I am grateful to the RSPB Chair, Prof Steve Ormerod for his Guest Blog on licensing of grouse shooting. As always, the RSPB has a well thought-through position which could make a difference to the plight of the Hen Harrier. However, I don’t think they have the best thought-through position on this particular issue, especially for the situation in England.
In Scotland it seems feasible, believable, fingers-crossable, that licensing might be introduced in the not-too-distant future. Following the introduction of vicarious liability in Scotland licensing may not be far behind.
There are many more moors in Scotland where grouse shooting is just a part of the economy, alongside fishing and deer stalking and other pursuits than in the north of England where intensive driven grouse shooting is ‘the’ major money earner for many estates – and also the only thing they want to do with their land, it seems.
In Scotland, the political situation is more favourable to a step-by-step approach and the land owning community is (though my friends and former colleagues in Scotland may find this difficult to believe) a greater mixture of the obdurate and the almost-reasonable. Down here in England we have a government which has already ruled out licensing (and vicarious liability too), the possibility that if the Scots vote for independence that we will have this flavour of government for a very long time, and a bunch of upland land owners who, judging from the Moorland Association’s stuttering performance on the Today programme last week, cannot even bring themselves to admit that their people are breaking the law and are the cause of the losses of Hen Harrier in England.
And here in England, we have 3-4 pairs of Hen Harrier this year whereas in Scotland they have hundreds of pairs living away from driven grouse moors – not as many hundreds as they would have without the impacts of those driven grouse moors, but hundreds all the same.
In England we have gone through years of negotiation, conflict resolution, searching for compromise and attempted reconciliation in years of meetings chaired by the Environment Council and now in a Defra-‘led’ process and seen the Han Harrier population fall and fall. Conservationists being reasonable has been met with grouse interests being unreasonable. Being reasonable has been seen as a sign of weakness and the Hen Harrier has suffered even more as a result.
We have known that supplementary feeding has been a viable method for reducing impacts of Hen Harriers on grouse bags for well over a decade. It’s the ‘let’s give it a try as it might be a way forward‘ option. How many pairs of Hen Harrier in the north of England have been fed on grouse moors in that time? Have there been any? Precious few if any. And yet I remember sitting in meetings years ago when grouse managing representatives swore that their members would leap at the chance to use supplementary or substitute feeding. That hasn’t happened.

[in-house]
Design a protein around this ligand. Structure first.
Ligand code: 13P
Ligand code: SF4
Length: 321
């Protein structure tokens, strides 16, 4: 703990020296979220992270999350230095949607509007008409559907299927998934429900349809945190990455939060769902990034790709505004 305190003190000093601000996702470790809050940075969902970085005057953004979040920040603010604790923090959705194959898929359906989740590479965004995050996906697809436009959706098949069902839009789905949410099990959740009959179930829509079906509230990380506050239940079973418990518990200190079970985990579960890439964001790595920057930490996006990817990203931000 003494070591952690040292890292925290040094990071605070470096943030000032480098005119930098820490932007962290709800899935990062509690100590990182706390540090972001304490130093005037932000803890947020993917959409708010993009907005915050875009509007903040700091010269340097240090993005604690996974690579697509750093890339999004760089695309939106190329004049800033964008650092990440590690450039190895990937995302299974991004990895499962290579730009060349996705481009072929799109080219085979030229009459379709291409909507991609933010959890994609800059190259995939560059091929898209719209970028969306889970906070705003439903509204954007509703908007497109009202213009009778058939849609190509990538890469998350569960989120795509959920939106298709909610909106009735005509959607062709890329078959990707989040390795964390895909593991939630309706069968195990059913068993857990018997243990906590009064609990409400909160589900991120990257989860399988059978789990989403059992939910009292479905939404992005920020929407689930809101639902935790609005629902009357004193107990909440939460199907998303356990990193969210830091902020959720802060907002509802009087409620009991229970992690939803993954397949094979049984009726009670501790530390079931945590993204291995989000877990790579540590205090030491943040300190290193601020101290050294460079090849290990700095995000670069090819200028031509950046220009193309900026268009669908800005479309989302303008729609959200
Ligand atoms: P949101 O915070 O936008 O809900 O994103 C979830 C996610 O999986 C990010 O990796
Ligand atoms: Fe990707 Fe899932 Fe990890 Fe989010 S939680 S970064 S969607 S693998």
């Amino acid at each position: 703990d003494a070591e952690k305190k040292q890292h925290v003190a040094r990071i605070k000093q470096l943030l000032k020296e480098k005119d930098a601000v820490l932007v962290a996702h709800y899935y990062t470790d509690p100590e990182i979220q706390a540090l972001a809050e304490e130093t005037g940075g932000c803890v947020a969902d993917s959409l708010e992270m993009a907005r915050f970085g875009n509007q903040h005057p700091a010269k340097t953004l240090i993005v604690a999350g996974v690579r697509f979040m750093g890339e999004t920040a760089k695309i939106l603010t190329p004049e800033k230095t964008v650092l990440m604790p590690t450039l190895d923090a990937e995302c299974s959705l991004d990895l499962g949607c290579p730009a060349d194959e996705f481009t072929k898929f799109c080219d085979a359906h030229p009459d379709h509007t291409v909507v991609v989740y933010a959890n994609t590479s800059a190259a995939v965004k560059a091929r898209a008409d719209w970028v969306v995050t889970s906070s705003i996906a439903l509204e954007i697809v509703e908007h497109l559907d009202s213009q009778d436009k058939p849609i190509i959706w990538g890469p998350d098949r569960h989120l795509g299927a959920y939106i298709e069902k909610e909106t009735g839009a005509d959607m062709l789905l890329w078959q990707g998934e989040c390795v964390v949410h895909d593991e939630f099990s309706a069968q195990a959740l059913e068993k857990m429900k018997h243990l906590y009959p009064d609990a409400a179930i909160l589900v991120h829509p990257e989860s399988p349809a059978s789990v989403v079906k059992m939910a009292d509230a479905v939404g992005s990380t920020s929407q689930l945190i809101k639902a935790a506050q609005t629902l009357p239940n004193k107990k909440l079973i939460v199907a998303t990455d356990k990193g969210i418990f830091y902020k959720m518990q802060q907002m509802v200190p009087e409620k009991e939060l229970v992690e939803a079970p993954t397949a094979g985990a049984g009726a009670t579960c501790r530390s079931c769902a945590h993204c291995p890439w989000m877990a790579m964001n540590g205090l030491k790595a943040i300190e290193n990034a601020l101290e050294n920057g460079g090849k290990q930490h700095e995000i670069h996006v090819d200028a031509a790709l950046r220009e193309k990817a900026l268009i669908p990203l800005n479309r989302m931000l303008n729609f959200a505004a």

And the point of this is to say that when you are dealing with unreasonable people you have to think what the unreasonable people will do next. If licensing is seriously considered by any government then the unreasonable people will use their power, economic power, and political power (how many people in the House of Lords have grouse shooting interests?) to water down any measures. They will play for time, argue the toss and we will end up with something weak and something unenforceable. And then we’d have to wait for another 10 years before we could be sure that licensing didn’t work and we got a political opportunity to ban driven grouse shooting.
Although licensing is a tiny rational step towards the conservation of Hen Harriers it is not the best rational step towards conserving Hen Harriers – it is aiming too low, and accepting too little. It is postponing a ban through setting one’s sights too low.
Licensing is bureaucratic and technical – a ban is clean and decisive.
Licensing could not deal with killing of Hen Harriers at winter roosts (or indeed anywhere away from a licensed grouse moor) and this level of killing would increase further.
Licensing requires policing – policing has failed already for understandable practical reasons, it will fail again.
Licensing will require long technical discussions – we don’t have time as the Hen Harrier is on the brink of extinction as an English breeding bird.
Licensing would require lengthy and expensive court battles when licences were removed – who has the time, money or stomach for these when a ban on driven grouse shooting is so much easier and more decisive.
Any licensing system would have to address non-Hen Harrier ills of driven grouse shooting too – water quality, burning of blanket bog etc – it would be a technical nightmare.
I could go on, but you get my drift…
What do you think about licensing and whether it will work?
I know what over 15,000 of you think – you think that driven grouse shooting should be banned in England (as opposed to c10,000 of us, including me, who voted for licensing last year).